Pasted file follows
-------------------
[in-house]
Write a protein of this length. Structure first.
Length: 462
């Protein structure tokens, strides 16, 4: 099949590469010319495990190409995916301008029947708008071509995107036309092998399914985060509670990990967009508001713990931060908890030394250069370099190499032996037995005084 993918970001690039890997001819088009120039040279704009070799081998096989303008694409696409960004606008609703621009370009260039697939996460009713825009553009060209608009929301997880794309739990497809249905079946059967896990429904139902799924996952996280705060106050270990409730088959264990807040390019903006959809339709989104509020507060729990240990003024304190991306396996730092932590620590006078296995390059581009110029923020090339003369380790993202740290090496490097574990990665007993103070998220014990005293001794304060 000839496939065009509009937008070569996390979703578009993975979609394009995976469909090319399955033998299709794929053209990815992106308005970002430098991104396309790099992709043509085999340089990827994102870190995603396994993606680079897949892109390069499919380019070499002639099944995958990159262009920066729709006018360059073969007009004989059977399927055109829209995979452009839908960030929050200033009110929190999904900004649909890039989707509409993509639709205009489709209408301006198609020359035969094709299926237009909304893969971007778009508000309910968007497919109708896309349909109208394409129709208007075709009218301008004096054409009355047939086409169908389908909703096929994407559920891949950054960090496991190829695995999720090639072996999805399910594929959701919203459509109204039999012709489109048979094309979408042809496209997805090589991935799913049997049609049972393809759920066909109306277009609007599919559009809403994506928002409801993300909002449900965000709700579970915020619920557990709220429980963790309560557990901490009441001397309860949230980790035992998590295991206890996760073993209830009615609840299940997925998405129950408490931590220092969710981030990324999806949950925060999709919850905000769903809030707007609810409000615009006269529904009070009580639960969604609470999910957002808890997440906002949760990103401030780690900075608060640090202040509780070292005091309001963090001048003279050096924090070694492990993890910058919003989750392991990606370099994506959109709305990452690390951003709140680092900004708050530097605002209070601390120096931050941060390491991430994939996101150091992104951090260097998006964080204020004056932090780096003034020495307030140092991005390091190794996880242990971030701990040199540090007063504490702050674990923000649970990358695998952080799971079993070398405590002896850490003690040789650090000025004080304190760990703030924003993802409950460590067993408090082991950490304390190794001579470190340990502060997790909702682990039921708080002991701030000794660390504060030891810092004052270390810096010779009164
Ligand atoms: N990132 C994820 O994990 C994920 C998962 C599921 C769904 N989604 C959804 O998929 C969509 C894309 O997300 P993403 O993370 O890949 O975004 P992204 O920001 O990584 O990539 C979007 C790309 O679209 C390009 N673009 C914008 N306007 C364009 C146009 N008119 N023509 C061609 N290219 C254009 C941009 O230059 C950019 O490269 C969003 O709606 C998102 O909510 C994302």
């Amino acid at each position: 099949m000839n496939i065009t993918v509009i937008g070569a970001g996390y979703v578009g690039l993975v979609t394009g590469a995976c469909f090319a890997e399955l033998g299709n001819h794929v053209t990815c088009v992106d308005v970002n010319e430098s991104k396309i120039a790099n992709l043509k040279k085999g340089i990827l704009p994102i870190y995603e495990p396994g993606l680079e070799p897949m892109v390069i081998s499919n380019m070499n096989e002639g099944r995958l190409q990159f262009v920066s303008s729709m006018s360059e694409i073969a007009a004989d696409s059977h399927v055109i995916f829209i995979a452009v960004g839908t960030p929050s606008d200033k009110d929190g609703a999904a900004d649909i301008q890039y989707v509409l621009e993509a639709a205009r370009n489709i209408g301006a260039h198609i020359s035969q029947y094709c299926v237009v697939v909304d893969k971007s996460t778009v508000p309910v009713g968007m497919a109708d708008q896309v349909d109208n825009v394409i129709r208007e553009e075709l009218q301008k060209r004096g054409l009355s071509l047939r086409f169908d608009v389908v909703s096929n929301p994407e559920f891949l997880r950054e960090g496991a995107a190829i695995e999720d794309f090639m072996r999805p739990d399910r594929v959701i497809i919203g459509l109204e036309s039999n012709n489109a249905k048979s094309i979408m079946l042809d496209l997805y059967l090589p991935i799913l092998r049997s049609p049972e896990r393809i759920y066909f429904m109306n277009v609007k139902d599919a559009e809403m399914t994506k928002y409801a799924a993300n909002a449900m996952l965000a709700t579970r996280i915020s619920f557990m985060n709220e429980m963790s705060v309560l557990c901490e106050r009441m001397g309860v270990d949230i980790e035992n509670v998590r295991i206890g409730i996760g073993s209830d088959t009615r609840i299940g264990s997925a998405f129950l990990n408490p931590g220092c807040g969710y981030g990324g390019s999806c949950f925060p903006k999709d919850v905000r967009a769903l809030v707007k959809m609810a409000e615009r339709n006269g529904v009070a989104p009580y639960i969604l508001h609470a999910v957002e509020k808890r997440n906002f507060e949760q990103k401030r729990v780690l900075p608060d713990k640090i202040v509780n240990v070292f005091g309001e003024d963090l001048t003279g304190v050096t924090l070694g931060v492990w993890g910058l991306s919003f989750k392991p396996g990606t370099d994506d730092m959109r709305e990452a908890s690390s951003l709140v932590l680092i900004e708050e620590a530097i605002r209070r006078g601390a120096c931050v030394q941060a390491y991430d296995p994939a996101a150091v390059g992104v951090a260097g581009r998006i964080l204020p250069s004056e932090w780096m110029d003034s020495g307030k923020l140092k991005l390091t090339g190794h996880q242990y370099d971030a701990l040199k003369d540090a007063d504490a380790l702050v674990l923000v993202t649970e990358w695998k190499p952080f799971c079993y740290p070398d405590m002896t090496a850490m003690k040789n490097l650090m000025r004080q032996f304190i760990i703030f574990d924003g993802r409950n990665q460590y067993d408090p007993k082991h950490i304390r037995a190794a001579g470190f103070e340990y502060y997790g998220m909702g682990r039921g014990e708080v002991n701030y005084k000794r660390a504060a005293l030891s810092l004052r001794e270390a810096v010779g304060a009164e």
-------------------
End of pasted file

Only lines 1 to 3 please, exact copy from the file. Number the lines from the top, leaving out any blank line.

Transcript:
[in-house]
Write a protein of this length. Structure first.
Length: 462